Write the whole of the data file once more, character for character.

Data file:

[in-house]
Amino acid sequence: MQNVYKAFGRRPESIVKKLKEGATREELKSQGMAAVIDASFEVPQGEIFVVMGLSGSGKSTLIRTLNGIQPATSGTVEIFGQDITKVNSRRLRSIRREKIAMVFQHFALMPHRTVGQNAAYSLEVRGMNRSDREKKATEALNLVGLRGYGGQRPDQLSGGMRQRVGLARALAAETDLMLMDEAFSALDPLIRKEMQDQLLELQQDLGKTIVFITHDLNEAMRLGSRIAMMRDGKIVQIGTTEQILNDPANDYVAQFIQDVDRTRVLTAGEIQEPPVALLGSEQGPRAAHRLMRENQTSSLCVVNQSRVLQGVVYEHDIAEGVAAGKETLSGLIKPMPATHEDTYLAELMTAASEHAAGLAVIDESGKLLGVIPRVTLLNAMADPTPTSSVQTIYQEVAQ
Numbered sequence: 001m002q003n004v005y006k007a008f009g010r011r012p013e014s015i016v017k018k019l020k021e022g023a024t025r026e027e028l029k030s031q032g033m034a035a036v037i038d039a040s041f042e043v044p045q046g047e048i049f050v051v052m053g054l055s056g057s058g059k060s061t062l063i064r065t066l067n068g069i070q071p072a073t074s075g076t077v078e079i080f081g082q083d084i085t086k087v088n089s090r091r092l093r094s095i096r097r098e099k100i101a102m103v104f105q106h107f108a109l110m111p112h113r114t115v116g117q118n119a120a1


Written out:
[in-house]
Amino acid sequence: MQNVYKAFGRRPESIVKKLKEGATREELKSQGMAAVIDASFEVPQGEIFVVMGLSGSGKSTLIRTLNGIQPATSGTVEIFGQDITKVNSRRLRSIRREKIAMVFQHFALMPHRTVGQNAAYSLEVRGMNRSDREKKATEALNLVGLRGYGGQRPDQLSGGMRQRVGLARALAAETDLMLMDEAFSALDPLIRKEMQDQLLELQQDLGKTIVFITHDLNEAMRLGSRIAMMRDGKIVQIGTTEQILNDPANDYVAQFIQDVDRTRVLTAGEIQEPPVALLGSEQGPRAAHRLMRENQTSSLCVVNQSRVLQGVVYEHDIAEGVAAGKETLSGLIKPMPATHEDTYLAELMTAASEHAAGLAVIDESGKLLGVIPRVTLLNAMADPTPTSSVQTIYQEVAQ
Numbered sequence: 001m002q003n004v005y006k007a008f009g010r011r012p013e014s015i016v017k018k019l020k021e022g023a024t025r026e027e028l029k030s031q032g033m034a035a036v037i038d039a040s041f042e043v044p045q046g047e048i049f050v051v052m053g054l055s056g057s058g059k060s061t062l063i064r065t066l067n068g069i070q071p072a073t074s075g076t077v078e079i080f081g082q083d084i085t086k087v088n089s090r091r092l093r094s095i096r097r098e099k100i101a102m103v104f105q106h107f108a109l110m111p112h113r114t115v116g117q118n119a120a1